Dushku's character, Echo, is alone among them to recognize her situation. She retrains fragments of memory that aren't wiped clean and tries to get out.
Echo, Whedon said, "eventually realizes that there is more to her than just existing, and she might want to figure out who she is or was."
As the season goes on, the random flaws in her character's programming are becoming more evident. "She's absolutely glitching and starting to become self-aware," Dushku said. "The memory wipes are not entirely working."
"What interests me about the human condition, the idea of this woman who is stripped of her personality and has to rebuild herself from scratch, and not only her character, but every character, is on some level dealing with their identity," Whedon said.
And the series itself had to be rebuilt, when the original pilot was bumped to make way for a new initial episode.
"The network felt very strongly that they wanted the audience to see not just the world of the show, but the structure of the show," Whedon told reporters at the TV writers' press tour last month. "In addition, there were certain things about the stakes and the motivations of the 'Dollhouse' itself and the kind of clients they would be servicing that they wanted to sort of focus on, and that was really the big shift."
Whedon said he wasn't particularly excited that the show is scheduled on Fridays, traditionally one of the lowest-rated nights on TV, where shows are often shunted before they die.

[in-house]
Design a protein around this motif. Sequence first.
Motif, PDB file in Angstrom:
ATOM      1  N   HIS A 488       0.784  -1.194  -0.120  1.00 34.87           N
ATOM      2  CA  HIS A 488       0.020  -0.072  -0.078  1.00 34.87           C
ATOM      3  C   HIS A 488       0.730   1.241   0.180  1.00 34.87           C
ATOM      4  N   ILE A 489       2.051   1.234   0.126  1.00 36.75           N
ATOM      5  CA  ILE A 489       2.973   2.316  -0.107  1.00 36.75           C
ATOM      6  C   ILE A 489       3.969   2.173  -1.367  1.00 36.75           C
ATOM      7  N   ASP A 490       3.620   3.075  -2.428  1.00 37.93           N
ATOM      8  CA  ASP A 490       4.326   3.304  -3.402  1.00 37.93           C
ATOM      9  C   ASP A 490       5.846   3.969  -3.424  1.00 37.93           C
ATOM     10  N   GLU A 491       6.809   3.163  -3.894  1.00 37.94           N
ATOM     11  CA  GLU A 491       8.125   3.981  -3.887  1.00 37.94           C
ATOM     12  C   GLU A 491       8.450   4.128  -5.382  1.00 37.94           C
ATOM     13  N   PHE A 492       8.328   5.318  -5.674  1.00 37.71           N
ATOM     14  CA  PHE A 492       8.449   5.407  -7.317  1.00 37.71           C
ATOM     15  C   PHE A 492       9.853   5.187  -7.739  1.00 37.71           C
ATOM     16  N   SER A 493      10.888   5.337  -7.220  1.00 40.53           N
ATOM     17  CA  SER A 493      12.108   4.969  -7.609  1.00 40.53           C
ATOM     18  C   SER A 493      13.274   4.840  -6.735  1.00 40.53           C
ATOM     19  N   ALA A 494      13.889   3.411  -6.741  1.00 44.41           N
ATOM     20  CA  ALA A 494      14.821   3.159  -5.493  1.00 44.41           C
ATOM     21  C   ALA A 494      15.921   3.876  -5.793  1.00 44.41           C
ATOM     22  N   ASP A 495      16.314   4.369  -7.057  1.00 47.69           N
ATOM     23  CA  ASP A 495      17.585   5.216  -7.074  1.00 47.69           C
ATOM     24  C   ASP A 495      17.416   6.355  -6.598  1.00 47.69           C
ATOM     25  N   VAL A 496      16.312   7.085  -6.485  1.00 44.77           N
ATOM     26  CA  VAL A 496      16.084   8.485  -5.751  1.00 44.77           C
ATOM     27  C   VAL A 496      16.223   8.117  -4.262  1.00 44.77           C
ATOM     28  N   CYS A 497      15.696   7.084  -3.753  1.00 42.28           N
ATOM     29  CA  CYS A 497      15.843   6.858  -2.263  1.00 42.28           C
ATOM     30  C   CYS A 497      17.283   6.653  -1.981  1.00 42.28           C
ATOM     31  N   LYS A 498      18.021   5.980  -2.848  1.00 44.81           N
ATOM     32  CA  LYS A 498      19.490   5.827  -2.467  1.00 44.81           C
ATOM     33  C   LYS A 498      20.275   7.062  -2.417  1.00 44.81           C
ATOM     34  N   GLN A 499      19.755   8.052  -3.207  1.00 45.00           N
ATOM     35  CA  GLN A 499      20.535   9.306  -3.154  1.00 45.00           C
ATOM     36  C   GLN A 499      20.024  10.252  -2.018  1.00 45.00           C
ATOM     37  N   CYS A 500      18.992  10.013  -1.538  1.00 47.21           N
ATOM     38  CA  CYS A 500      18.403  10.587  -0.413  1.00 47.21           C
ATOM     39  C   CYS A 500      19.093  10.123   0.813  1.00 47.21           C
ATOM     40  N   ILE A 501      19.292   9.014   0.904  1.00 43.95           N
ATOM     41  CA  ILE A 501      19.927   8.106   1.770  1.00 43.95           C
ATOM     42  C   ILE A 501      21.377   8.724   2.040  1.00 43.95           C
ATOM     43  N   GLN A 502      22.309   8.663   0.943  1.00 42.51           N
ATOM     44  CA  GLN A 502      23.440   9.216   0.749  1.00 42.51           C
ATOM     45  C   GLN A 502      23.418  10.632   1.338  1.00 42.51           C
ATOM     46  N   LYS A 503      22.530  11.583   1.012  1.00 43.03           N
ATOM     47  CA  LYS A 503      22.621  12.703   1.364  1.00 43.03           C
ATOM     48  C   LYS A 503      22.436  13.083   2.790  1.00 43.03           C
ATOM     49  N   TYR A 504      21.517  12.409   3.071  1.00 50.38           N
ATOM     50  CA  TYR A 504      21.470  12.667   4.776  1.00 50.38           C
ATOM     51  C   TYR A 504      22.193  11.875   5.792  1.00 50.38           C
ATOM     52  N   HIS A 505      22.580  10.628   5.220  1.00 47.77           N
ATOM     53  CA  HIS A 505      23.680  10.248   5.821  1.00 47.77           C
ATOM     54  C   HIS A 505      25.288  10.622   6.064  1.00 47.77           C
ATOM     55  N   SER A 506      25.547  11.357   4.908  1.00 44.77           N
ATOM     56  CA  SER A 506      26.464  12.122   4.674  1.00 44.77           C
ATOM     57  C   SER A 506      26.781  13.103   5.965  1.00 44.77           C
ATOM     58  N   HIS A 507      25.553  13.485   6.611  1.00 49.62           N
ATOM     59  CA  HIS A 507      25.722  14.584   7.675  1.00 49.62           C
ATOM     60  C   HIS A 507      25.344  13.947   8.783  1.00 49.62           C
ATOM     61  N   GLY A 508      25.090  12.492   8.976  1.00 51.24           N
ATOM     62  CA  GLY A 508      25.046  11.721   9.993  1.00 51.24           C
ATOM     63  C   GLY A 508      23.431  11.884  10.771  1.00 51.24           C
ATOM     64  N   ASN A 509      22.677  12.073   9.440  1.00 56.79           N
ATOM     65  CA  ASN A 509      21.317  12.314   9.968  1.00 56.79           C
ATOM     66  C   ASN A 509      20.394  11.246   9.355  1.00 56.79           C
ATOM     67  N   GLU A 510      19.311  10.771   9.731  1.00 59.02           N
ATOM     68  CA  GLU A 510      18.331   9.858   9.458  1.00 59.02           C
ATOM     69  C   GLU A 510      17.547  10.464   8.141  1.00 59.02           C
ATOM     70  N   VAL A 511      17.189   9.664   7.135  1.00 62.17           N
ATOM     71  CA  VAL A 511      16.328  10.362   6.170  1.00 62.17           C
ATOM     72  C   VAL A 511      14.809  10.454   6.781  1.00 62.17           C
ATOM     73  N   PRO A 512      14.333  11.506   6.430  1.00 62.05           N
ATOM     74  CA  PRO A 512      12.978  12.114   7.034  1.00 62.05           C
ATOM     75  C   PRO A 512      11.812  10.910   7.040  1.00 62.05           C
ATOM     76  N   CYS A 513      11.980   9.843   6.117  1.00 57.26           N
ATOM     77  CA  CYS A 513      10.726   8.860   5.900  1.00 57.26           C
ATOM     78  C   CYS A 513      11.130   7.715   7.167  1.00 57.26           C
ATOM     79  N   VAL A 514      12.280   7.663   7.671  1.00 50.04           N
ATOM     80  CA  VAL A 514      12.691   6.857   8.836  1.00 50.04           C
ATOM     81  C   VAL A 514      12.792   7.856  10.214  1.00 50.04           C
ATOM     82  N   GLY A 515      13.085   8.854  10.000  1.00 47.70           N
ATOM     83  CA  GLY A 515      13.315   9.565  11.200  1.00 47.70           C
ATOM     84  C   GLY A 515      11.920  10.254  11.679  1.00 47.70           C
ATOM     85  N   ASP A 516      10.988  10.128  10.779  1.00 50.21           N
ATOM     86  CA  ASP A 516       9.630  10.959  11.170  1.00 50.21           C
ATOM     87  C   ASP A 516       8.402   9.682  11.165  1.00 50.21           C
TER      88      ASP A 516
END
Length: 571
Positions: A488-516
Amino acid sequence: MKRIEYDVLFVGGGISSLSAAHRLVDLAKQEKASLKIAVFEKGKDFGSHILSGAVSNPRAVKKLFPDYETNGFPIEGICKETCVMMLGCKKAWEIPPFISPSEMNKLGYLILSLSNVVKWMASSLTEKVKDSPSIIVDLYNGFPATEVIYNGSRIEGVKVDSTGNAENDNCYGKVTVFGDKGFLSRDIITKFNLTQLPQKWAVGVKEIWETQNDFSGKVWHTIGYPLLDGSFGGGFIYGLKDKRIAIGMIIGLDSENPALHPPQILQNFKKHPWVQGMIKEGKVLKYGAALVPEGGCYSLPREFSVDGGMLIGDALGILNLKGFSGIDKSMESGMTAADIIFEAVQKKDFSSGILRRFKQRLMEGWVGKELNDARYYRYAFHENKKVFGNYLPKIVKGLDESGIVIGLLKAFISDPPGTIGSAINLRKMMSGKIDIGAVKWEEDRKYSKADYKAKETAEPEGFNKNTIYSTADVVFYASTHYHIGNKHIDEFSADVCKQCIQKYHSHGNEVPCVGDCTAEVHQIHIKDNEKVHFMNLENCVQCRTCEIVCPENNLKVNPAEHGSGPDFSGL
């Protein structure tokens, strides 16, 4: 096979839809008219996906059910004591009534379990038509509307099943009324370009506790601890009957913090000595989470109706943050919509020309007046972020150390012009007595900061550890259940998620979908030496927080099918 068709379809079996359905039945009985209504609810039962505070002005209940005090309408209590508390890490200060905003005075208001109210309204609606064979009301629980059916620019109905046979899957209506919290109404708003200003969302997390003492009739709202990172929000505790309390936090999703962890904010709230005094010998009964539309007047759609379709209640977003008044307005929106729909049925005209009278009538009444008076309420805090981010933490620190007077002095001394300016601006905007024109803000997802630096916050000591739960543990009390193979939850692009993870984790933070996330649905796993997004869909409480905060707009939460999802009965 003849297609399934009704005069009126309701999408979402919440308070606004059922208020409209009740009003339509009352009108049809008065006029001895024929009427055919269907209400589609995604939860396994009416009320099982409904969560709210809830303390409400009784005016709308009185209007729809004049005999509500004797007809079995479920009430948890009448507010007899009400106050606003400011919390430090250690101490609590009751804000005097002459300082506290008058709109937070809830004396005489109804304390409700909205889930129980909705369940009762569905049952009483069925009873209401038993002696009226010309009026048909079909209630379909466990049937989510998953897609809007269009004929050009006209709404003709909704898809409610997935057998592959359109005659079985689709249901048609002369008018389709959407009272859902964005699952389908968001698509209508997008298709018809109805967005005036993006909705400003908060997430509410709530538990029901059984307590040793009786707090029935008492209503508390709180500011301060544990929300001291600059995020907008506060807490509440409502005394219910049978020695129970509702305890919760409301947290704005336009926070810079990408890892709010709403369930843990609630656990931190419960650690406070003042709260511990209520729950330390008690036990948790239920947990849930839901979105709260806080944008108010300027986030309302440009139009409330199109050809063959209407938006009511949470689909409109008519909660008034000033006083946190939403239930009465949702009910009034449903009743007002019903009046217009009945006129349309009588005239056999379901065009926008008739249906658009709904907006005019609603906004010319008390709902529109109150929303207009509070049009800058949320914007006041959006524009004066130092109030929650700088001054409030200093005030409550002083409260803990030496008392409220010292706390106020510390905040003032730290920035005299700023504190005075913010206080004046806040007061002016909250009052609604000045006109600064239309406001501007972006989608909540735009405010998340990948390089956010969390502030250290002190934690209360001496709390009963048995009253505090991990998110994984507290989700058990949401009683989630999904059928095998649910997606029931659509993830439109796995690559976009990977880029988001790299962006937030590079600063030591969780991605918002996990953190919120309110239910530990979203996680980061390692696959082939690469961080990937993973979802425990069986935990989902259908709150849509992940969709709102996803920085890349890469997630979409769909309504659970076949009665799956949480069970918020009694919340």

"I'd had a bad experience once on a Friday," he said, referring to "Firefly," which managed to air just 11 episodes. But, he added, "I'm very excited to be paired with 'Terminator'."
In fact, "Dollhouse" and "Terminator: The Sarah Connor Chronicles" are being promoted together in stylish ads with Dushku side-by-side with that show's Summer Glau (who was in Whedon's "Firefly" previously). The promos recall Quentin Tarantino's brash, retro look of "Grindhouse," with super saturated colors, scratchy emulsion, corny music and announcer, and promises of things like "More Action! More Suspense! More Everything!" All this and "In Glorious Super Sound!"
Actually, the placement on Fridays "takes a lot of the pressure off of us," Whedon says. "And ultimately, I feel much more comfortable there than I did on Mondays."
•"Dollhouse" premieres tonight at 9 on Fox, locally on WTIC, Channel 61.
Copyright © 2009, The Hartford Courant
edcsLover9 | Cast&Crew | 18:06 CET | 4 comments
Eliza Dushku Likes Tattoos and Tough Guys
Monday, February 09, 2009
Eliza Dushku is the cover girl for the March 2009 issue of Maxim, on stands February 17.
Eliza Dushku notices something when she takes a shower.
"I love catching a glimpse of my tattoos when I strip down and take a shower," the actress tells Maxim in its upcoming March issue. "Kat Von D did a beautiful symbolic feather on my ribs."
Good thing she's not afraid of needles. The former Buffy star has a new Fox series coming out, Dollhouse, in which she plays a lab-created being who's implanted in each episode with a new personality.
In addition to her own tattoos, Dushku, 28, likes a good tat on her man, as well.
"I like guys who play hard and have calluses on their hands," she tells the magazine. "Any guy who's been raised in a bubble hasn't lived enough for me. Scars and broken body parts and tattoos are hot."
Dushku's Dollhouse premieres on FOX Friday, February 13.
The March issue of Maxim hits stands February 17.
Having grown up in Boston as the only girl in a family of three roughhousing brothers, it’s not hard to see where Eliza Dushku got her tough-as-nails demeanor.But any preconceived notions you have about Eliza are about to be eliminated thanks to her new show, Dollhouse, created by her old Buffy and Angel boss, geek god Joss Whedon.
You convinced Joss Whedon to come back to TV and do this show with you. How did you twist his arm?